"The audience packed a house that could have been sold out at twice the size," wrote New York Times critic Olin Downes on February 13, 1924, of a concert staged the previous afternoon at the Aeolian Hall in New York City. Billed as an educational event, the "Experiment In Modern Music" concert was organized by Paul Whiteman, the immensely popular leader of the Palais Royal Orchestra, to demonstrate that the relatively new form of music called jazz deserved to be regarded as a serious and sophisticated art form. The program featured didactic segments intended to make this case—segments with titles like "Contrast: Legitimate Scoring vs. Jazzing." After 24 such stem-winders, the house was growing restless. Then a young man named George Gershwin, then known only as a composer of Broadway songs, seated himself at the piano to accompany the orchestra in the performance of a brand new piece of his own composition, called Rhapsody In Blue.
"It starts with an outrageous cadenza of the clarinet," wrote Downes of the now-famous two-and-a-half-octave glissando that makes Rhapsody in Blue as instantly recognizable as Beethoven's Fifth Symphony. "It has subsidiary phrases, logically growing out of it...often metamorphosed by devices of rhythm and instrumentation." The music critic of the New York Times was in agreement with Whiteman's basic premise: "This is no mere dance-tune set for piano and other instruments," he judged. "This composition shows extraordinary talent, just as it also shows a young composer with aims that go far beyond those of his ilk."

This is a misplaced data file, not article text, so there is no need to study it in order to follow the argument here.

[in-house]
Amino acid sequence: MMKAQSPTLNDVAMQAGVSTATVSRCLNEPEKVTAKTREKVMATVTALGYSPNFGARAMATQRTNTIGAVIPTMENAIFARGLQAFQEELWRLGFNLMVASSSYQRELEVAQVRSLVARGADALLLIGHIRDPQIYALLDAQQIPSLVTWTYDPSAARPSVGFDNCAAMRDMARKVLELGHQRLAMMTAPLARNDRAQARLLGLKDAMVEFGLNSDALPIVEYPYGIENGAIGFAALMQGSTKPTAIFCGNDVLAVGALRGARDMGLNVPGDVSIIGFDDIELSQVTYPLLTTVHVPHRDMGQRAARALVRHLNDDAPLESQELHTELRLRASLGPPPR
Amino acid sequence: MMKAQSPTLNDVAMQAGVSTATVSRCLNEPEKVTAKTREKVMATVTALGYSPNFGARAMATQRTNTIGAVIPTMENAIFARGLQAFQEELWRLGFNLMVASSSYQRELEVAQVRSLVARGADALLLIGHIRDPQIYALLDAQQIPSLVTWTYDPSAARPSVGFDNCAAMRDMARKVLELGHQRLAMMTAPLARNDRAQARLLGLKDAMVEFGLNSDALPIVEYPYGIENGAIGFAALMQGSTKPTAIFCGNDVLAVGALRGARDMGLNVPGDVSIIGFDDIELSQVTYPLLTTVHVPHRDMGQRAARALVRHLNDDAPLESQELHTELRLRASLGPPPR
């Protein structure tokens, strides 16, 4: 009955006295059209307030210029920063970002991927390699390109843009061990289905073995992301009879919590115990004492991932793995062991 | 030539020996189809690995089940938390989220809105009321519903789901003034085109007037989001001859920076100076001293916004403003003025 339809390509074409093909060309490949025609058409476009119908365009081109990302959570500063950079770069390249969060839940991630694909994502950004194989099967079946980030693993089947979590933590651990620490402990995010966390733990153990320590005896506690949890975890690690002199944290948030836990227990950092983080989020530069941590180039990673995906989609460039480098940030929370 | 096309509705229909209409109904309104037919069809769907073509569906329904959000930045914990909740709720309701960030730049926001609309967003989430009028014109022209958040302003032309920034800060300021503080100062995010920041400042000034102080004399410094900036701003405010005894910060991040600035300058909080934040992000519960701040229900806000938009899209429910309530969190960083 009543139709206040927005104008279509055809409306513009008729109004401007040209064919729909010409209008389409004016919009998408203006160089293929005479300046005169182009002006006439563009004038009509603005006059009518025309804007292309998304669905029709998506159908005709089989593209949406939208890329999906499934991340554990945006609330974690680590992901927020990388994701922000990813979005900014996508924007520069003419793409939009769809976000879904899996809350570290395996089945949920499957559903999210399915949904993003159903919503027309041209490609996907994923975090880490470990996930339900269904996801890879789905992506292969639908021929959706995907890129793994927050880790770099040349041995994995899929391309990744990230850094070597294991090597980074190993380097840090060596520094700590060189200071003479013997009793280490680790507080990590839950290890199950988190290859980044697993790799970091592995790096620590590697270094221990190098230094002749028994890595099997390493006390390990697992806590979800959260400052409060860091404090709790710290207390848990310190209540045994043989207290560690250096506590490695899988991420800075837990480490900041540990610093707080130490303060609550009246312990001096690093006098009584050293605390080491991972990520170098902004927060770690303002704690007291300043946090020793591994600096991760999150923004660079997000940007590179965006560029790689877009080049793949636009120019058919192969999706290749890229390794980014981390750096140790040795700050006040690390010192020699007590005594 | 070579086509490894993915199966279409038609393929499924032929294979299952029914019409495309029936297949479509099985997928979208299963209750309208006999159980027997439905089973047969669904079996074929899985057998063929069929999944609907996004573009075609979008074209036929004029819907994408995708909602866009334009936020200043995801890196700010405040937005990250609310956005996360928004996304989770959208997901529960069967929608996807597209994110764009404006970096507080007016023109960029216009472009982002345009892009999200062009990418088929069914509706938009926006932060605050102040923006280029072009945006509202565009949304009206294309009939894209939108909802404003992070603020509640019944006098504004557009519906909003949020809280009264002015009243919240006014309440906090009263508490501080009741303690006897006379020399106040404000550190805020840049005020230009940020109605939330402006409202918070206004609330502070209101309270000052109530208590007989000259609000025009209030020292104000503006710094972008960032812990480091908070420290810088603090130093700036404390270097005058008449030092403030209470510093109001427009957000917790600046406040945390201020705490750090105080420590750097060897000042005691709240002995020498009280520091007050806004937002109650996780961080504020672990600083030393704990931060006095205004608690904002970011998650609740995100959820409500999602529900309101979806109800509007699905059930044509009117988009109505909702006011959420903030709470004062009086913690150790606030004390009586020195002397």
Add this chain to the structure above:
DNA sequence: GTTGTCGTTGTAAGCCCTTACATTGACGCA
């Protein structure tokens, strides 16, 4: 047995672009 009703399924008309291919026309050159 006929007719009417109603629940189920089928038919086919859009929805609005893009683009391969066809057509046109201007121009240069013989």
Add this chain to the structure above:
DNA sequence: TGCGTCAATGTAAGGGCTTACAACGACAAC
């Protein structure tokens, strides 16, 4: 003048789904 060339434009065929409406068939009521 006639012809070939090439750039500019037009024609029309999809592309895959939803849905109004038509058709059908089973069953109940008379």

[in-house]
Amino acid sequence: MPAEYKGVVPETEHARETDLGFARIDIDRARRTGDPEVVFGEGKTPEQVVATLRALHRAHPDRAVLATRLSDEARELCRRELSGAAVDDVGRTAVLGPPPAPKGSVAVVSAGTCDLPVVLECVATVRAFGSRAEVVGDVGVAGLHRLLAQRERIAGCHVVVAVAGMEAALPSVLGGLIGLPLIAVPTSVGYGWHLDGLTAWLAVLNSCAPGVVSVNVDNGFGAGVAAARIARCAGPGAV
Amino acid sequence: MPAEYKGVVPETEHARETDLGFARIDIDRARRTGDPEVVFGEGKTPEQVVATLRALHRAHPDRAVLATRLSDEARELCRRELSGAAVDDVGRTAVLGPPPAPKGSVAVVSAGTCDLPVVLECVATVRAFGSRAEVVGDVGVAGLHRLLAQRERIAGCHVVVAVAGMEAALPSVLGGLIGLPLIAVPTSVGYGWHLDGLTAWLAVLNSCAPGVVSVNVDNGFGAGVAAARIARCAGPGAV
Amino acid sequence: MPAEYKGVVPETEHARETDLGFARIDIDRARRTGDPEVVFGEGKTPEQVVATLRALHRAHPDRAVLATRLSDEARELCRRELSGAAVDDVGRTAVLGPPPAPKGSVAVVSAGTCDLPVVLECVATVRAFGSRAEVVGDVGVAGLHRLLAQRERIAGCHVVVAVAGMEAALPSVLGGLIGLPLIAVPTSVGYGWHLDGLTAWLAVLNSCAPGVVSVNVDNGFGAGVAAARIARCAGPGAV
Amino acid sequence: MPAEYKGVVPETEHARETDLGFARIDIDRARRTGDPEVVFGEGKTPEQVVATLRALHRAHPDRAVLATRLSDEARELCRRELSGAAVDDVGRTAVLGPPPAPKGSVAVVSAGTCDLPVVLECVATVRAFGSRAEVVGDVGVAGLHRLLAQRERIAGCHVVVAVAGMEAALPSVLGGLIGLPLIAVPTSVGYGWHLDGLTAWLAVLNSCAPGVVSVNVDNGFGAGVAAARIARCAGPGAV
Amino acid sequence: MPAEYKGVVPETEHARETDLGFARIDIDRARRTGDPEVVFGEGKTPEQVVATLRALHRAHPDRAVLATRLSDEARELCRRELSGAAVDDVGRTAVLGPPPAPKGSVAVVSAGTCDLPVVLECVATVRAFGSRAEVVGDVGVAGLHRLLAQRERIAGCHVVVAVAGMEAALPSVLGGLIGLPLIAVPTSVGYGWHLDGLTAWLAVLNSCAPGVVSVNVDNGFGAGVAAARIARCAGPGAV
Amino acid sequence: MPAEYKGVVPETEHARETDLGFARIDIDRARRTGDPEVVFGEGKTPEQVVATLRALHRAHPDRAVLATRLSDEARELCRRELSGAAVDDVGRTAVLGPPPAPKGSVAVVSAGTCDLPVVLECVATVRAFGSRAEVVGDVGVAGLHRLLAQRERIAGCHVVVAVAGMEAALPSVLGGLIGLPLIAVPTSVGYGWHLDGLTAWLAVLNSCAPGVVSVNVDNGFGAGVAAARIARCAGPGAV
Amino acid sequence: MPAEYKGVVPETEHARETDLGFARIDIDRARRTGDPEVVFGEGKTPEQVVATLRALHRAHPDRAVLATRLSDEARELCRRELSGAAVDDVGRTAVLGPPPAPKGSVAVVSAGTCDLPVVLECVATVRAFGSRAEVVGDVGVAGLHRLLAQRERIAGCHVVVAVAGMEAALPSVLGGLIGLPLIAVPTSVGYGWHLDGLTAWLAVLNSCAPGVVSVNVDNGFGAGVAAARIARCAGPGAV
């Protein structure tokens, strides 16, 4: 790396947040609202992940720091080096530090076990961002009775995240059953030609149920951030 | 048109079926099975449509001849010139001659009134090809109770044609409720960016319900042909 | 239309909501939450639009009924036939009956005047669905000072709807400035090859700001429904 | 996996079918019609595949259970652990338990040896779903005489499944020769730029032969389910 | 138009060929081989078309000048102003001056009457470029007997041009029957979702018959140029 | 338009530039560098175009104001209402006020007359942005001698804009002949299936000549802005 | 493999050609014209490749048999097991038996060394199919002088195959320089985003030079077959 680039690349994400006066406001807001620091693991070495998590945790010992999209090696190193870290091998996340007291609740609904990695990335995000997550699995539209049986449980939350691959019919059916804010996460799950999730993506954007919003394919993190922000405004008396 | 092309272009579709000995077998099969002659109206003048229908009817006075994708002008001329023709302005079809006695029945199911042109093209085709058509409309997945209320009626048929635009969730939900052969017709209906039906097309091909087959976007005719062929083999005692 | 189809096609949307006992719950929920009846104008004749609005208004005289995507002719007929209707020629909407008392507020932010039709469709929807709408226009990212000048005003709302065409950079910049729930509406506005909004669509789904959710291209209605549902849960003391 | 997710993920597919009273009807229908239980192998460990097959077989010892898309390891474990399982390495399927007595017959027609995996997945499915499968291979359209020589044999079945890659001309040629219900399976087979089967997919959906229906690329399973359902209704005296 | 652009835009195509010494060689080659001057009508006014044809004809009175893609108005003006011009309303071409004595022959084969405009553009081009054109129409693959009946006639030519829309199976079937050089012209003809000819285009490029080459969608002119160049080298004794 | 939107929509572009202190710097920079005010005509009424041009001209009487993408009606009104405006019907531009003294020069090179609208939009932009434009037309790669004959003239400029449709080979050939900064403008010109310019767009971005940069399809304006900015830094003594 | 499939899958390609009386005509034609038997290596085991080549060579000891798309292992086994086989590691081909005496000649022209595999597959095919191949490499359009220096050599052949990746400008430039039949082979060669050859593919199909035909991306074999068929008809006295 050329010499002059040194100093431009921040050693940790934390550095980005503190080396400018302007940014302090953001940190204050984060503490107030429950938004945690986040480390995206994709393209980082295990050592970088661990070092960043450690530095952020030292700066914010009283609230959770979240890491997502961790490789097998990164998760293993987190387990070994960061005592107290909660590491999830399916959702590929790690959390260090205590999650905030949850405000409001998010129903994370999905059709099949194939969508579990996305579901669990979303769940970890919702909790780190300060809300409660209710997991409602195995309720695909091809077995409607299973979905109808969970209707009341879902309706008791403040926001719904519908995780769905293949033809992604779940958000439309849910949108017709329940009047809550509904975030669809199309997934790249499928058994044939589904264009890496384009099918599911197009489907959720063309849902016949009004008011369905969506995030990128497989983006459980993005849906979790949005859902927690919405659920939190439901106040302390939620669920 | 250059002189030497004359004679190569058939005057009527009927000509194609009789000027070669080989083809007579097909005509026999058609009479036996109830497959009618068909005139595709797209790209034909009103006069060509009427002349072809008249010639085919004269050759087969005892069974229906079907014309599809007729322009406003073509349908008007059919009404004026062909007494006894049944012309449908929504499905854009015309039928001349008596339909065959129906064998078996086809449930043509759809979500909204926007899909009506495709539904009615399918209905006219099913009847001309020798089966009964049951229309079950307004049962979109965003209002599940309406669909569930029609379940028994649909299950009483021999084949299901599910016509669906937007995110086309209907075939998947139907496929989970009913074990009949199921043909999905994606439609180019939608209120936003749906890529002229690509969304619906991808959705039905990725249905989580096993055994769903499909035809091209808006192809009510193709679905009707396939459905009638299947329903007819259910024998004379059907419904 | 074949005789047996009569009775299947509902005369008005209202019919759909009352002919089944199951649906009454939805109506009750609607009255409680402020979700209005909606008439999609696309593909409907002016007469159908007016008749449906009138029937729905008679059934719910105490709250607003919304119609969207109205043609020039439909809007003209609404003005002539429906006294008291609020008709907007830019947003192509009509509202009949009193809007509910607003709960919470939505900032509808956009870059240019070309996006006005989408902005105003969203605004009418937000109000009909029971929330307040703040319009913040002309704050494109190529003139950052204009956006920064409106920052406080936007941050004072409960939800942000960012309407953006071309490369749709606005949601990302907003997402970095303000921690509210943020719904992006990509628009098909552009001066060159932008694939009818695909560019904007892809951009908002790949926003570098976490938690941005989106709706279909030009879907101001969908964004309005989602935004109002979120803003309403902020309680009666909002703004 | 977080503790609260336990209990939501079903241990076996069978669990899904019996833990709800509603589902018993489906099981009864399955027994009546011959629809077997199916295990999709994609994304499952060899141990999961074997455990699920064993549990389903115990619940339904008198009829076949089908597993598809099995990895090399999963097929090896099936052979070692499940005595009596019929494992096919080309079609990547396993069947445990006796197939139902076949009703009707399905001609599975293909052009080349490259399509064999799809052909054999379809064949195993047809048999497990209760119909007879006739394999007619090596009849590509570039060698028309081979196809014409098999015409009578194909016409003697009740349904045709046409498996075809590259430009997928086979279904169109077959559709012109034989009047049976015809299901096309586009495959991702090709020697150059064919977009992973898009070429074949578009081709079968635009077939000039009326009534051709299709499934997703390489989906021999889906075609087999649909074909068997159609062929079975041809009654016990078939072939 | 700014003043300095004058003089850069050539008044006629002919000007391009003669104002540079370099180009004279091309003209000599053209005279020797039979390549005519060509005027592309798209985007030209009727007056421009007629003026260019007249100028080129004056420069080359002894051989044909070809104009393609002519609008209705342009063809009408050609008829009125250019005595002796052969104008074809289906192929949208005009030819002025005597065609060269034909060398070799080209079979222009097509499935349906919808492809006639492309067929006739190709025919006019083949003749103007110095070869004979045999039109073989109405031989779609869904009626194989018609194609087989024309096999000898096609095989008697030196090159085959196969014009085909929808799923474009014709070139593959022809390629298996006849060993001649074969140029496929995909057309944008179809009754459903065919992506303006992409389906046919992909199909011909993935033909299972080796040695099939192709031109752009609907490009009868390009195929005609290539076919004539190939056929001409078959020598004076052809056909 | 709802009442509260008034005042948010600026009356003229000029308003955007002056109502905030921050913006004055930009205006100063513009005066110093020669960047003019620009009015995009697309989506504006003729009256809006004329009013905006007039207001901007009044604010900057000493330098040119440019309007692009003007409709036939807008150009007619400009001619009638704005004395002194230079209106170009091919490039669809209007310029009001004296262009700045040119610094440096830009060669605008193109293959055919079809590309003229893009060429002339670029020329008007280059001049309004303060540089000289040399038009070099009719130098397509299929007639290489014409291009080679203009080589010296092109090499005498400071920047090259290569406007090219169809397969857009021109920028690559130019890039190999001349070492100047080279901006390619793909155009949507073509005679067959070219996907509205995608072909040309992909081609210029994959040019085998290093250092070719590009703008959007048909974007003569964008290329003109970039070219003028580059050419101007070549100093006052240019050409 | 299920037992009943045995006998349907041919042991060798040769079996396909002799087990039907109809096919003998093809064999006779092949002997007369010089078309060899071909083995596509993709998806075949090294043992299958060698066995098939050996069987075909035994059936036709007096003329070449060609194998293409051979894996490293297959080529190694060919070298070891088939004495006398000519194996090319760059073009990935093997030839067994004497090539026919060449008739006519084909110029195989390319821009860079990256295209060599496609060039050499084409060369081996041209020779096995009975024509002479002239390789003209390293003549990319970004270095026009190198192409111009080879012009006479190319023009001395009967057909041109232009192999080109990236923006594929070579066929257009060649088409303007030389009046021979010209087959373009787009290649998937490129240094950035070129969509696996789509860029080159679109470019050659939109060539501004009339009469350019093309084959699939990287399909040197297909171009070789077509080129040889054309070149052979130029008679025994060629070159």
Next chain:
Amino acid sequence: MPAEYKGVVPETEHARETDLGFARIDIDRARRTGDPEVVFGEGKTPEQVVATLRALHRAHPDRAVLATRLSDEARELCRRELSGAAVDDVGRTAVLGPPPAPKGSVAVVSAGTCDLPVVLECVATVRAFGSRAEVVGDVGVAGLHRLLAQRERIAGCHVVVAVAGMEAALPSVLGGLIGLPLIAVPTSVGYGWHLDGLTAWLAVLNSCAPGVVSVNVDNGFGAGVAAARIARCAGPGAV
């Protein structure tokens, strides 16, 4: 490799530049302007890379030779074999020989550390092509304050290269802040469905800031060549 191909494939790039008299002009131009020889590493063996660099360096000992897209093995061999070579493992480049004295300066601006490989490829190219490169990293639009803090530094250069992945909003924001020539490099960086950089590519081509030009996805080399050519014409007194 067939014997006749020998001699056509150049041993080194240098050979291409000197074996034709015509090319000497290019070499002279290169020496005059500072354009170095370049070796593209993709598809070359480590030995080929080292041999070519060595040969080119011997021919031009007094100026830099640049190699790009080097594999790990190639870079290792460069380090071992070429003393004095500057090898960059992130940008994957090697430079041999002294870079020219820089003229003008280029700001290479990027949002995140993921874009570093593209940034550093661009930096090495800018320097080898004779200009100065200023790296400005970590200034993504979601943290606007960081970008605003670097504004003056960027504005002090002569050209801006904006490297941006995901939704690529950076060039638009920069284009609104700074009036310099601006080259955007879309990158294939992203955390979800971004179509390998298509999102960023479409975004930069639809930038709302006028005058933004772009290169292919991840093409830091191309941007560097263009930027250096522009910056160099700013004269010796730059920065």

It may be true that George Gershwin had always hoped to transcend the category of popular music, but the piece he used to accomplish that feat was put together very hastily. Just five weeks prior to the "Experiment in Modern Music" concert, Gershwin had not committed to writing a piece for it, when his brother Ira read a report in the New York Tribune stating that George was "at work on a jazz concerto" for the program. Thus painted into a corner, George Gershwin pieced Rhapsody In Blue together as best he could in the time available, leaving his own piano part to be improvised during the world premiere. Rhapsody would, of course, come to be regarded as one of the most important American musical works of the 20th century. It would also open the door for a whole generation of "serious" composers—from Copland to Brecht—to draw on jazz elements in their own important works.